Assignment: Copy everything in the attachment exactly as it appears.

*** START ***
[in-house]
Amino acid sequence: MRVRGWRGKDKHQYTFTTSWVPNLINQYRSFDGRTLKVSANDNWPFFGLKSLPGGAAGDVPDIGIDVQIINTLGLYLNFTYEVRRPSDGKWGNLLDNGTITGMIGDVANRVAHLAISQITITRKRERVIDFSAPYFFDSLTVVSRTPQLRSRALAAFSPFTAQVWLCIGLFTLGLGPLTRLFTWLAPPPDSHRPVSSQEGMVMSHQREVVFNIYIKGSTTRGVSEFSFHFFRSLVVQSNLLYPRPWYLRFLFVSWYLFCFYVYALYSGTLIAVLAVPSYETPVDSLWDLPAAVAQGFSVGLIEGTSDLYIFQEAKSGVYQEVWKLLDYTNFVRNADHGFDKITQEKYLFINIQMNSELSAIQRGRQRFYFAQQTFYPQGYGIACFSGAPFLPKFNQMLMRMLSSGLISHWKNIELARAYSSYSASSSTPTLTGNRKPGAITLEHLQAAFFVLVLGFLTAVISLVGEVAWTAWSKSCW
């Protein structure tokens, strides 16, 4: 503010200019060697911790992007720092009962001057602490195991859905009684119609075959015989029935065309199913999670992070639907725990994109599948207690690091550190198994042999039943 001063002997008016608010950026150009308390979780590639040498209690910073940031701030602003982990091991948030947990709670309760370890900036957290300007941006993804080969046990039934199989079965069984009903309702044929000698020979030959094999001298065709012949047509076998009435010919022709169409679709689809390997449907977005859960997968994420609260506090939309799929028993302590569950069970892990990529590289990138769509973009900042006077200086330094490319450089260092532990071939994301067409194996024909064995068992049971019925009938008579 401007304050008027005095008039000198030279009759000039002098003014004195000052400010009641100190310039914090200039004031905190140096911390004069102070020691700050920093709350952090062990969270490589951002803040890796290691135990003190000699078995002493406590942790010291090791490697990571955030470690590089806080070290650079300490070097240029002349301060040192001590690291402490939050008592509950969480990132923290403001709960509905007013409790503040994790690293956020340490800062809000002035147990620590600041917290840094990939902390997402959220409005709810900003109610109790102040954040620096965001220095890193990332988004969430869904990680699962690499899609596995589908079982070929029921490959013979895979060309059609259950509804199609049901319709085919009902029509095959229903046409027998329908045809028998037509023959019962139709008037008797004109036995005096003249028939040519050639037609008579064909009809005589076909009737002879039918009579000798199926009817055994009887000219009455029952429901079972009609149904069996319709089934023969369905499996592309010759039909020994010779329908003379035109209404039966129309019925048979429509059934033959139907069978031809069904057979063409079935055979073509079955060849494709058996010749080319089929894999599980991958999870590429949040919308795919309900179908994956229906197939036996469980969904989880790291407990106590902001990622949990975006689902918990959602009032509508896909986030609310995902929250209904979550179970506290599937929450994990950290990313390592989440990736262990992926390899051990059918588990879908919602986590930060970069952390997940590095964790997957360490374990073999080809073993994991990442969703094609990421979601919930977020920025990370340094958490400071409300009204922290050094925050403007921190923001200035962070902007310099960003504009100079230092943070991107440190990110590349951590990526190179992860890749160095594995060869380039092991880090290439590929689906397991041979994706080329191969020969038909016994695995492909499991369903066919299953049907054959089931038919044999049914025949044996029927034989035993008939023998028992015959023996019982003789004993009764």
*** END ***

[in-house]
Amino acid sequence: MRVRGWRGKDKHQYTFTTSWVPNLINQYRSFDGRTLKVSANDNWPFFGLKSLPGGAAGDVPDIGIDVQIINTLGLYLNFTYEVRRPSDGKWGNLLDNGTITGMIGDVANRVAHLAISQITITRKRERVIDFSAPYFFDSLTVVSRTPQLRSRALAAFSPFTAQVWLCIGLFTLGLGPLTRLFTWLAPPPDSHRPVSSQEGMVMSHQREVVFNIYIKGSTTRGVSEFSFHFFRSLVVQSNLLYPRPWYLRFLFVSWYLFCFYVYALYSGTLIAVLAVPSYETPVDSLWDLPAAVAQGFSVGLIEGTSDLYIFQEAKSGVYQEVWKLLDYTNFVRNADHGFDKITQEKYLFINIQMNSELSAIQRGRQRFYFAQQTFYPQGYGIACFSGAPFLPKFNQMLMRMLSSGLISHWKNIELARAYSSYSASSSTPTLTGNRKPGAITLEHLQAAFFVLVLGFLTAVISLVGEVAWTAWSKSCW
């Protein structure tokens, strides 16, 4: 503010200019060697911790992007720092009962001057602490195991859905009684119609075959015989029935065309199913999670992070639907725990994109599948207690690091550190198994042999039943 001063002997008016608010950026150009308390979780590639040498209690910073940031701030602003982990091991948030947990709670309760370890900036957290300007941006993804080969046990039934199989079965069984009903309702044929000698020979030959094999001298065709012949047509076998009435010919022709169409679709689809390997449907977005859960997968994420609260506090939309799929028993302590569950069970892990990529590289990138769509973009900042006077200086330094490319450089260092532990071939994301067409194996024909064995068992049971019925009938008579 401007304050008027005095008039000198030279009759000039002098003014004195000052400010009641100190310039914090200039004031905190140096911390004069102070020691700050920093709350952090062990969270490589951002803040890796290691135990003190000699078995002493406590942790010291090791490697990571955030470690590089806080070290650079300490070097240029002349301060040192001590690291402490939050008592509950969480990132923290403001709960509905007013409790503040994790690293956020340490800062809000002035147990620590600041917290840094990939902390997402959220409005709810900003109610109790102040954040620096965001220095890193990332988004969430869904990680699962690499899609596995589908079982070929029921490959013979895979060309059609259950509804199609049901319709085919009902029509095959229903046409027998329908045809028998037509023959019962139709008037008797004109036995005096003249028939040519050639037609008579064909009809005589076909009737002879039918009579000798199926009817055994009887000219009455029952429901079972009609149904069996319709089934023969369905499996592309010759039909020994010779329908003379035109209404039966129309019925048979429509059934033959139907069978031809069904057979063409079935055979073509079955060849494709058996010749080319089929894999599980991958999870590429949040919308795919309900179908994956229906197939036996469980969904989880790291407990106590902001990622949990975006689902918990959602009032509508896909986030609310995902929250209904979550179970506290599937929450994990950290990313390592989440990736262990992926390899051990059918588990879908919602986590930060970069952390997940590095964790997957360490374990073999080809073993994991990442969703094609990421979601919930977020920025990370340094958490400071409300009204922290050094925050403007921190923001200035962070902007310099960003504009100079230092943070991107440190990110590349951590990526190179992860890749160095594995060869380039092991880090290439590929689906397991041979994706080329191969020969038909016994695995492909499991369903066919299953049907054959089931038919044999049914025949044996029927034989035993008939023998028992015959023996019982003789004993009764």